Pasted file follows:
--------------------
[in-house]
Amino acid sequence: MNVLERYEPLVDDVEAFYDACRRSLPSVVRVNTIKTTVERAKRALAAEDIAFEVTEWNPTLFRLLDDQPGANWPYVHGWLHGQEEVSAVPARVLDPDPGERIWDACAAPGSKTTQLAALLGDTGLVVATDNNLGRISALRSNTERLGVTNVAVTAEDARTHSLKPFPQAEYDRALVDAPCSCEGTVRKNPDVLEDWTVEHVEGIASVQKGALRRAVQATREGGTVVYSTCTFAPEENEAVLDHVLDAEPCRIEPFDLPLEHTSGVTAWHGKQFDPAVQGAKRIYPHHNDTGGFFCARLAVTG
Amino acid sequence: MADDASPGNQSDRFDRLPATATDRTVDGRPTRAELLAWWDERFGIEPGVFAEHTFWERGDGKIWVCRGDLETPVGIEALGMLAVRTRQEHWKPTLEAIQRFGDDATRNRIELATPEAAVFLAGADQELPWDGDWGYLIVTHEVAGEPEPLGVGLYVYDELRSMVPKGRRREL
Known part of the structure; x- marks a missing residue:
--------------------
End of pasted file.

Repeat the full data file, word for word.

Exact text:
[in-house]
Amino acid sequence: MNVLERYEPLVDDVEAFYDACRRSLPSVVRVNTIKTTVERAKRALAAEDIAFEVTEWNPTLFRLLDDQPGANWPYVHGWLHGQEEVSAVPARVLDPDPGERIWDACAAPGSKTTQLAALLGDTGLVVATDNNLGRISALRSNTERLGVTNVAVTAEDARTHSLKPFPQAEYDRALVDAPCSCEGTVRKNPDVLEDWTVEHVEGIASVQKGALRRAVQATREGGTVVYSTCTFAPEENEAVLDHVLDAEPCRIEPFDLPLEHTSGVTAWHGKQFDPAVQGAKRIYPHHNDTGGFFCARLAVTG
Amino acid sequence: MADDASPGNQSDRFDRLPATATDRTVDGRPTRAELLAWWDERFGIEPGVFAEHTFWERGDGKIWVCRGDLETPVGIEALGMLAVRTRQEHWKPTLEAIQRFGDDATRNRIELATPEAAVFLAGADQELPWDGDWGYLIVTHEVAGEPEPLGVGLYVYDELRSMVPKGRRREL
Known part of the structure; x- marks a missing residue: